Ramapo’s Black Student Union hosts Hot Seat Discussions

The Black Student Union (BSU) is once again opening the floor for sharing grievances and stories with Hot Seat Discussions, a new series running throughout this school year. Similar events were held last year by the BSU, called Hot Wings and Hot Topics, to give Black and brown students a space to discuss pertinent issues while enjoying spicy food. 

The first event, Hot Seat Discussions: Let’s Talk About Race, was held in the Alumni Lounges last Thursday. Moderators asked attendees a series of questions, inviting them to open up about their experiences with race.

“As the Black Student Union, we want to be a safe space for Black and brown students, and I think a big part of that is giving them a space to be themselves and talk, and that’s what this event was all about,” said BSU publicist Desiree S. Bounds.

Several students expressed feeling ostracized by Black and white peers alike for not fitting existing stereotypes.

Much of the discussion related to how Ramapo College is a predominantly white institution (PWI); 56% of the student body is white. This racial imbalance can instill feelings of displacement and impostor syndrome in Black and brown students.

Feelings of inadequacy are further aggravated when Black and brown students have weaker educational backgrounds than their white peers. A report from EdBuild indicated American school districts serving mostly students of color receive $23 billion less in funding than those serving a white majority.

“It goes into feeling like I don’t belong here,” said a Ramapo student from Newark. She described feeling like she did not come from the same environment as her white classmates.

Stresses over academics are compounded by pressure to assimilate to the dominant on-campus culture.

When one attendee first came to Ramapo, she felt uncomfortable showing her natural hair and used long straight hair extensions. “I had some people who really inspired me to look at my hair differently and take pride in it, so I went natural.” Cutting her hair and going natural brought her overdue relief. “I felt so, so proud of myself, like I could finally be my 100% authentic self.”

Attendees agreed they felt discomfort when they witnessed the appropriation of Black-originated hairstyles on campus. They cited the long history of Black-originated hairstyles being deemed unprofessional in U.S. workplaces as the main source of discomfort over seeing them being worn now as a fashion statement by non-Black people.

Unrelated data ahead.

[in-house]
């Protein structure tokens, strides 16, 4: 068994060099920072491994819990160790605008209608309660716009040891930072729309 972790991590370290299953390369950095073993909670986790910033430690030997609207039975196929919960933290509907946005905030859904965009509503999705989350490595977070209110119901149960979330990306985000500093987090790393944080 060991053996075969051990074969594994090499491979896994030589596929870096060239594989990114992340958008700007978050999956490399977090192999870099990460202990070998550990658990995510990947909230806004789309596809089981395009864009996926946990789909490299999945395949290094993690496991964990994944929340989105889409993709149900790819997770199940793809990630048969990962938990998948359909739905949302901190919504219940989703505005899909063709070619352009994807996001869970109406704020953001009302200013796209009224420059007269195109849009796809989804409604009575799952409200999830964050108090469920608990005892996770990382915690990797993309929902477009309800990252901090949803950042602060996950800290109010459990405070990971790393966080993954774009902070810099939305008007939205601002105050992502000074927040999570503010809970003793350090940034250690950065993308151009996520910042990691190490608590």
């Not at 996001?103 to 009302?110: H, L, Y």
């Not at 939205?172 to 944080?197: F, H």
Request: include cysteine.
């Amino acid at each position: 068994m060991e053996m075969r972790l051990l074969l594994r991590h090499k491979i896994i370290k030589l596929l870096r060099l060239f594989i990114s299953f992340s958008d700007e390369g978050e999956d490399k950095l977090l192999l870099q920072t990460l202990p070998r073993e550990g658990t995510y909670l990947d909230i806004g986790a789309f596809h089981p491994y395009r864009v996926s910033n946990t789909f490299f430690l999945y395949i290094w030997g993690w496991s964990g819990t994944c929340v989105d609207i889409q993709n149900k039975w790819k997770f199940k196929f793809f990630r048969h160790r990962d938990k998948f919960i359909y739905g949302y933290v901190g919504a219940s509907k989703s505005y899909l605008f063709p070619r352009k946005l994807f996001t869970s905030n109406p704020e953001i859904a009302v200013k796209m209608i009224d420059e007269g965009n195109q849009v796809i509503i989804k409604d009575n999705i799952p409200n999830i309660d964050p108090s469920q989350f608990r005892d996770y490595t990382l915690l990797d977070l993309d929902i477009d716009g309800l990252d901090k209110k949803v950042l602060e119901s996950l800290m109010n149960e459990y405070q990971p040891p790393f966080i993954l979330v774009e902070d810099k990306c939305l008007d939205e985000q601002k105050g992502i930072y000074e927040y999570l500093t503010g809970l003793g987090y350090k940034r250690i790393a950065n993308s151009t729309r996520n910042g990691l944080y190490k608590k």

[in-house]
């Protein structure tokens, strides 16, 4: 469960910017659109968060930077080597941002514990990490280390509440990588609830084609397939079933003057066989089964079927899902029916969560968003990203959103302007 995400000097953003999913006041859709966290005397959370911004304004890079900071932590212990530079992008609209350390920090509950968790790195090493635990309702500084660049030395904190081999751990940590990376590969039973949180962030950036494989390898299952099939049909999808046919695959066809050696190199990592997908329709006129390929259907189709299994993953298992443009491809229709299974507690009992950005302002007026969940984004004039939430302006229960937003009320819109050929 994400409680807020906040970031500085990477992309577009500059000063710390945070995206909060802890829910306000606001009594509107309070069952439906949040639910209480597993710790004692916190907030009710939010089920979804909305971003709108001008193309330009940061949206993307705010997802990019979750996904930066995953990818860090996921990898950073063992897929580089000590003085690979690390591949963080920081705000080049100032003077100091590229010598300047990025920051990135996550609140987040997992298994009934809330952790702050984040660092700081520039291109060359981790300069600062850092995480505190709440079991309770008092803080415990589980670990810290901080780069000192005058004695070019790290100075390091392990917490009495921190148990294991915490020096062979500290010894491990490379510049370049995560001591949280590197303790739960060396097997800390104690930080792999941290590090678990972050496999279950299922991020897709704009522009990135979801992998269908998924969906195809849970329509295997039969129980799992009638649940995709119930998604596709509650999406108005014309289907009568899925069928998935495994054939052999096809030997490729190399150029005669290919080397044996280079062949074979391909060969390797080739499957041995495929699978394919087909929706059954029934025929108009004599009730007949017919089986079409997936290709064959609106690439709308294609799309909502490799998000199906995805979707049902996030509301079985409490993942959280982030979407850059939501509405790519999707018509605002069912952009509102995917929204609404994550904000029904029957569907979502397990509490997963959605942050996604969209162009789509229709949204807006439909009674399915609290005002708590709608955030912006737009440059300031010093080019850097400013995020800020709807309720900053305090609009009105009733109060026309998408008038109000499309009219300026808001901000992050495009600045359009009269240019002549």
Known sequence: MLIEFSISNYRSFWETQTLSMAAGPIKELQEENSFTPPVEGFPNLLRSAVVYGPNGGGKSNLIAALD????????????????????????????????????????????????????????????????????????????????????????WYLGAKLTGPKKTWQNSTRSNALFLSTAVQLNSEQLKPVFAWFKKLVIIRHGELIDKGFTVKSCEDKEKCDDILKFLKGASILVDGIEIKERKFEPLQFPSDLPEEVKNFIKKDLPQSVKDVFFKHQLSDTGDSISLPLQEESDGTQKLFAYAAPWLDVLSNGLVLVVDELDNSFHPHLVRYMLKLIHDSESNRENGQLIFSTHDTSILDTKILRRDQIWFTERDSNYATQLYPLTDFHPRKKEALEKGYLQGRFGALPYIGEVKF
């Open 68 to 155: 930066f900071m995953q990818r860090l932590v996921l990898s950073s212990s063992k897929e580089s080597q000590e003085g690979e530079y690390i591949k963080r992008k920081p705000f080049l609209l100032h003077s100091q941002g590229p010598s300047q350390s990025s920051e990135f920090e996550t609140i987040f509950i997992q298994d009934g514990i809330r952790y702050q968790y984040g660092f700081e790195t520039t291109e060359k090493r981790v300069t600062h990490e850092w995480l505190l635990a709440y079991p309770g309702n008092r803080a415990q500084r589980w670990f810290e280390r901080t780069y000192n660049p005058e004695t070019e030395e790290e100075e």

“I think it’s a sign of disrespect to get the hairstyle… At the end of the day, you’ve seen the mental anguish it causes people,” one student said.

“Protective styles were the tools to help me love my natural hair… you just wearing it to be cute completely invalidates all of those emotions Black women are feeling,” said another.

Several students expressed feeling ostracized by Black and white peers alike for not fitting existing stereotypes. One attendee said her love of pop music was continuously greeted with shock. “Music does not necessarily correspond to a color,” she stated. 

Several commiserated about being told they “talk white.”

“What do you mean I talk white? I’m just being myself,” one student said. She claimed to be inspired by the character of Carlton Banks from the sitcom “The Fresh Prince of Bel-Air,” who has a relevant quote, “Being Black isn’t what I’m trying to be, it’s what I am.”

Throughout the evening, attendees made it clear that what they wanted most was the freedom to be themselves without the influence of racial biases and stereotypes.

The date and topic of the next Hot Seat Discussion are undecided, but details will be shared via the BSU’s social media. Anyone who is interested is welcome to attend.

“We are a safe space for Black and brown students and any allies of inclusivity. If you are someone who wants to become an ally… I highly encourage you to come to our events,” said Bounds. “Regardless of your race, religion or creed, speaking with people of different identities, learning from people and having empathy for their stories makes us better people.”



Featured photo by Danielle Bongiovanni